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Connected and cooperative new mobility solutions: GECKO presents recommendations and key takeaways

  • Asia-Pacific
  • Europe
  • North America

After 33 months of hard work, the GECKO research project has finally come to an end

Marked with a final digital conference on 25-26 August, where many project partners presented the project results and lessons learnt, it was clear to see that the legacy of the project will live on as stakeholder discussion, support and development around new mobility services is needed now more than ever.

The world of new mobility offers huge potential, from reducing carbon emissions to offering a real alternative to the private individual car. Fueled by the desire to move people and goods in ways that are faster, cheaper and cleaner, has led to a booming industry of providers willing to make that dream a reality. Yet, it could also be a reality in which private companies place profits ahead of passenger needs and congestion increases as people abandon mass public transport. The GECKO research project sought to support regulators and decision makers, who have a critical role to play in ensuring new mobility solutions complement a sustainable city network.

Through evidence-based research, the project partners have discovered drivers and barriers affecting the deployment of business models, technologies and services. By engaging with a range of stakeholders, including authorities and new mobility providers, the project has offered guidance, recommendations and best practices.

The final event, led by the Project Coordinator Yannick Bousse from UITP, shared insights and hosted discussions with various project partners. Topics covered shaping future mobility with business model innovations, regulators and governance frameworks and mobility innovations, and recommendations for policy makers. One of the project’s deliverables, presented by Marisa Meta from FIT Consulting, was the MOBY – Map of regulatory framewOrks for the moBilitY of the future – which maps 228 regulations across the world related to new mobility solutions and scored them based on the city/country’s readiness to implement them and further highlighted barriers and solutions to these regulations.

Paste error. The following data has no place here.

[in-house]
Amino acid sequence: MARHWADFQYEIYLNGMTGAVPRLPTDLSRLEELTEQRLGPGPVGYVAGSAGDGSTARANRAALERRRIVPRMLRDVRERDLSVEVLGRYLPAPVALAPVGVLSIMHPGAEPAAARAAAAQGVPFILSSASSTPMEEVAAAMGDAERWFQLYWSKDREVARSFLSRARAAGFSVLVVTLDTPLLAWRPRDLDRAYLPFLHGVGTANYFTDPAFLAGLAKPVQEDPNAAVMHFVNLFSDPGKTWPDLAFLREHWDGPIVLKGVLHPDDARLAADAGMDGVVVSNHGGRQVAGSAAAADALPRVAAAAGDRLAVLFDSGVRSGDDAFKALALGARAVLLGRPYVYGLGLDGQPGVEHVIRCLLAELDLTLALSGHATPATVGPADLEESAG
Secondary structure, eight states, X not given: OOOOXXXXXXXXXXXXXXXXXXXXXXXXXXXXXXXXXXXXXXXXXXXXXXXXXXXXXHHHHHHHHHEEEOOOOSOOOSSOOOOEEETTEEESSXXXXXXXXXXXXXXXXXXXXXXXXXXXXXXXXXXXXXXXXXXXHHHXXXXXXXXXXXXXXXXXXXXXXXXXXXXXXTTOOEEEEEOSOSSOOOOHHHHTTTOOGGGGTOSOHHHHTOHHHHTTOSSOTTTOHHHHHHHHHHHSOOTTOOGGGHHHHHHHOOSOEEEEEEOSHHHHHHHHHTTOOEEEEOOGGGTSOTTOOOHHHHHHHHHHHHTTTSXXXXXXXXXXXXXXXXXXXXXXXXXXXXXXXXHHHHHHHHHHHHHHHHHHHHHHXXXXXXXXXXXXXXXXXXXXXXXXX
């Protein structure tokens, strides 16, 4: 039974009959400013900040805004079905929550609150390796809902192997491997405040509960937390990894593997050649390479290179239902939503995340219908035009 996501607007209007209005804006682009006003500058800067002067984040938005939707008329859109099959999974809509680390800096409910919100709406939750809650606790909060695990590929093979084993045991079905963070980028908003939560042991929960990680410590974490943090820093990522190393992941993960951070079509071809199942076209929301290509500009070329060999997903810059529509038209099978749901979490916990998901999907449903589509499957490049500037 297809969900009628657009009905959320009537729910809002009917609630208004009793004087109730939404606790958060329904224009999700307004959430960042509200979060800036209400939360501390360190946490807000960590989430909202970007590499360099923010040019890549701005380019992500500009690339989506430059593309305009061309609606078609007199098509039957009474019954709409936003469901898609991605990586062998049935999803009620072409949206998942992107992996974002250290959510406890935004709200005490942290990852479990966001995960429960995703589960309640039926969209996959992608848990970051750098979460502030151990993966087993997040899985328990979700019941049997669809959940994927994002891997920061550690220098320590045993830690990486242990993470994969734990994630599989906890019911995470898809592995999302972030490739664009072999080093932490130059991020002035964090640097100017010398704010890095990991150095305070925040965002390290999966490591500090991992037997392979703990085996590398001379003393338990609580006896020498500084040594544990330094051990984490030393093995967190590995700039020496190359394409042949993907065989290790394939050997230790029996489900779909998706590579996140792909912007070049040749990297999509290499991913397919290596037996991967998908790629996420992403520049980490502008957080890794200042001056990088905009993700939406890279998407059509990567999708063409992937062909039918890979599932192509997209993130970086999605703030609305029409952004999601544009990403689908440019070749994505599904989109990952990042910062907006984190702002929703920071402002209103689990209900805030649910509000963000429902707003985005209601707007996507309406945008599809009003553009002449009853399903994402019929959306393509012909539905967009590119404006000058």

We have really covered a lot of ground with the GECKO project and the results of all our work have provided cities with many answers they were looking for. Now, they can take these tools and recommendations and adapt them for their own sustainable mobility landscape.
Yannick Bousse
Senior Manager in Knowledge & Innovation at UITP and GECKO Project Coordinator

Key takeaways from the project

So, what were the key takeaways? This is what our panel of project partners had to say during the event:

  • The COVID-19 pandemic has been a double-edged sword for sustainable mobility: One the one side more people are interested in individual transport and on the other side it was acted as a catalyst for policy makers and authorities in pushing for sustainable mobility as part of the solution towards healthy and inclusive cities. New mobility must surely be considered as a part of the transport network, complimenting mass public transport, and refraining from pushing more people back to their cars.
  • There are no strict guidelines and rules for service providers to operate and innovation is crucial for them to survive. When cities raise new barriers, providers must adapt and how they react can be unique. For cities to better prepare for this, starting with concrete and relatively strict regulations can form a basis whereby providers aim to work alongside public transport, and then moving towards an adaptive regulatory framework will support these transport providers in innovating their business model.
  • Standardisation on an EU-level is key in moving forward: The European Commission should establish a common framework for governing mobility innovations, and should consider minimum requirements for mobility service providers to provide data and standardised procedures and new forms of contracts for agreements between cities and new mobility service providers.
  • Everything boils down to our climate goals and so the short-term goals for new mobility must complement the long-term vision of reducing greenhouse gas emissions and improving social equity.
  • Cities are moving from a restrictive approach to a more open approach with new mobility services. There is no one size fits all approach to regulation. We now have a variety of cooperative tools and models, and cities can use these in their own way to develop solutions for managing their transport services.
  • Public-private partnerships, platforms for open discussion and dialogue are some of the best ways to build trust and encourage cross-sector collaboration between stakeholders. There is no silver bullet but communication is an effective tool for breaking the silos around regulations.

After all the discussions during the event, the final question was ,“What happens next?”. Discussions around regulation must continue, cross-sector collaboration must be supported and best practices must be shared. The next steps from GECKO is to see how these cities use these supportive tools, combine them and formulate regulations to meet their strategic goals and objectives.  

The research undertaken by the GECKO project partners and stakeholders has resulted in a goldmine of information and supportive materials for decision makers interested in new mobility services. The compliance map, reports and final conference presentations are openly available on the GECKO website.      

Want to continue the discussion around new mobility solutions? Join UITP for the Mobility Dialogue event, taking place online on 26 October.

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